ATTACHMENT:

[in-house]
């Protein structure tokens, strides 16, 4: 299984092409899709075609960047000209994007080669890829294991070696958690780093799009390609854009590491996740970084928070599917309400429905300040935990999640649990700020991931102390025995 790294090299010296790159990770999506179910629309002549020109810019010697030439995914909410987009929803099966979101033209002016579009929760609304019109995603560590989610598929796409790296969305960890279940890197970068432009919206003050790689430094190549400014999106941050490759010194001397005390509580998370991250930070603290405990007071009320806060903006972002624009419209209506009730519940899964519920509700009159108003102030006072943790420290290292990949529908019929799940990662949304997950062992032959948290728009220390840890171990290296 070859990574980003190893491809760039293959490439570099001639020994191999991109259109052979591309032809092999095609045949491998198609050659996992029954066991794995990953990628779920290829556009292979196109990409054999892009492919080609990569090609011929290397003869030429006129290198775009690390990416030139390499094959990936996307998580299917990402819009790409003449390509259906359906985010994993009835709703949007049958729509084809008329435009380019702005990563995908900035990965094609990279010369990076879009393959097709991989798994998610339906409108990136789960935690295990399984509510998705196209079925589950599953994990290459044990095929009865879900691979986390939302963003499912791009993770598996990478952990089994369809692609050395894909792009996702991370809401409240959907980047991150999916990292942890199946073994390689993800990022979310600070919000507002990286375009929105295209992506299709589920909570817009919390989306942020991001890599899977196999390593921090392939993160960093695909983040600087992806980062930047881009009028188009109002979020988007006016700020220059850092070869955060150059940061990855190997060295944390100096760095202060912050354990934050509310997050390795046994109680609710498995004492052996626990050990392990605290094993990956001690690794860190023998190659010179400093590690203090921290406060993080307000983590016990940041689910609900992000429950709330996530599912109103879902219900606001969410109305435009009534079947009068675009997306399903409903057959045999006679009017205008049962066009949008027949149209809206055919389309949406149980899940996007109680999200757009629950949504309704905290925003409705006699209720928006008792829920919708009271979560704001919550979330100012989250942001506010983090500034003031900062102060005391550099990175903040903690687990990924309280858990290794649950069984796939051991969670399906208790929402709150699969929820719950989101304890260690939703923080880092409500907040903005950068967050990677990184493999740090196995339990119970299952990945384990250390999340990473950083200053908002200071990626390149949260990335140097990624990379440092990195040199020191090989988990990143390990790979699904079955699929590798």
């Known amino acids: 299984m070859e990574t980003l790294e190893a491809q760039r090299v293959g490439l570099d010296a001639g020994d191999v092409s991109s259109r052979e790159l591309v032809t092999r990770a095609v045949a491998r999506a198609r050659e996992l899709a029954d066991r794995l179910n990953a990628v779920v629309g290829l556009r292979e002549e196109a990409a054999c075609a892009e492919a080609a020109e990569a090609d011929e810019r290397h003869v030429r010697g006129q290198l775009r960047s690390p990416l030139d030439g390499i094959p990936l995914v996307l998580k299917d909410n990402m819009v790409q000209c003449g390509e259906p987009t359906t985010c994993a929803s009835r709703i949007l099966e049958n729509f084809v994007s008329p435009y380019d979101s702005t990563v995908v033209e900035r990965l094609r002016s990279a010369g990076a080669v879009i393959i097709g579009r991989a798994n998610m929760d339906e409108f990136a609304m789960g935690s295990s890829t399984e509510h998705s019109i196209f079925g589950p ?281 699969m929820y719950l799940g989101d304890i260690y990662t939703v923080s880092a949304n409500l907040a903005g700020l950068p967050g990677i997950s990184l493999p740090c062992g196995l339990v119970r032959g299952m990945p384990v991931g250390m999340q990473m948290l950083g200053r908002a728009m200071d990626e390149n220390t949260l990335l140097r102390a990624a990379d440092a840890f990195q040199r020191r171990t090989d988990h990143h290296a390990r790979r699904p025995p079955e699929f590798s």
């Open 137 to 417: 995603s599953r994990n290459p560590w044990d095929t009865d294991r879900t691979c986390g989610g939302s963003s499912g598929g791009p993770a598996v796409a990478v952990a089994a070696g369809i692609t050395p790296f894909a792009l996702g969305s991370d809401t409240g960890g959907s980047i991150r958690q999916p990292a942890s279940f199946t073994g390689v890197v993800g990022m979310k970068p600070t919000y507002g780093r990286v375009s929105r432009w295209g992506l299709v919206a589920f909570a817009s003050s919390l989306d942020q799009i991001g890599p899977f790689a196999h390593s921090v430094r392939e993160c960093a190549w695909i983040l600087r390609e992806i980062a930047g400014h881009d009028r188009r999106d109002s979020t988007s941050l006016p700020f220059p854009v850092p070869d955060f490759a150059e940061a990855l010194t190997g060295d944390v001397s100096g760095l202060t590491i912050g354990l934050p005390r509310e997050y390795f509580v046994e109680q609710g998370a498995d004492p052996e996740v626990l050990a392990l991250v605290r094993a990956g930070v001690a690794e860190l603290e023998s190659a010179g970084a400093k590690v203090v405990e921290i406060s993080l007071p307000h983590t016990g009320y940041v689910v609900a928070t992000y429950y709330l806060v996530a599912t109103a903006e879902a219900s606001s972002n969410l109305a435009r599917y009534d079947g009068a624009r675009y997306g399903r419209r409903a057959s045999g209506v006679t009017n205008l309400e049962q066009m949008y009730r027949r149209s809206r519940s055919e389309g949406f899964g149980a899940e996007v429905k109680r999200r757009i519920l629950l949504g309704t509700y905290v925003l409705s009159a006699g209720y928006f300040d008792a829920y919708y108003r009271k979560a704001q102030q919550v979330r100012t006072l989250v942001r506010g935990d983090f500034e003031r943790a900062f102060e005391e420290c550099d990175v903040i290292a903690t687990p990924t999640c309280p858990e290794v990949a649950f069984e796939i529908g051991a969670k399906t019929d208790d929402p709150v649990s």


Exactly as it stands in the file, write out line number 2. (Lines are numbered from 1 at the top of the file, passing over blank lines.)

């Protein structure tokens, strides 16, 4: 299984092409899709075609960047000209994007080669890829294991070696958690780093799009390609854009590491996740970084928070599917309400429905300040935990999640649990700020991931102390025995 790294090299010296790159990770999506179910629309002549020109810019010697030439995914909410987009929803099966979101033209002016579009929760609304019109995603560590989610598929796409790296969305960890279940890197970068432009919206003050790689430094190549400014999106941050490759010194001397005390509580998370991250930070603290405990007071009320806060903006972002624009419209209506009730519940899964519920509700009159108003102030006072943790420290290292990949529908019929799940990662949304997950062992032959948290728009220390840890171990290296 070859990574980003190893491809760039293959490439570099001639020994191999991109259109052979591309032809092999095609045949491998198609050659996992029954066991794995990953990628779920290829556009292979196109990409054999892009492919080609990569090609011929290397003869030429006129290198775009690390990416030139390499094959990936996307998580299917990402819009790409003449390509259906359906985010994993009835709703949007049958729509084809008329435009380019702005990563995908900035990965094609990279010369990076879009393959097709991989798994998610339906409108990136789960935690295990399984509510998705196209079925589950599953994990290459044990095929009865879900691979986390939302963003499912791009993770598996990478952990089994369809692609050395894909792009996702991370809401409240959907980047991150999916990292942890199946073994390689993800990022979310600070919000507002990286375009929105295209992506299709589920909570817009919390989306942020991001890599899977196999390593921090392939993160960093695909983040600087992806980062930047881009009028188009109002979020988007006016700020220059850092070869955060150059940061990855190997060295944390100096760095202060912050354990934050509310997050390795046994109680609710498995004492052996626990050990392990605290094993990956001690690794860190023998190659010179400093590690203090921290406060993080307000983590016990940041689910609900992000429950709330996530599912109103879902219900606001969410109305435009009534079947009068675009997306399903409903057959045999006679009017205008049962066009949008027949149209809206055919389309949406149980899940996007109680999200757009629950949504309704905290925003409705006699209720928006008792829920919708009271979560704001919550979330100012989250942001506010983090500034003031900062102060005391550099990175903040903690687990990924309280858990290794649950069984796939051991969670399906208790929402709150699969929820719950989101304890260690939703923080880092409500907040903005950068967050990677990184493999740090196995339990119970299952990945384990250390999340990473950083200053908002200071990626390149949260990335140097990624990379440092990195040199020191090989988990990143390990790979699904079955699929590798």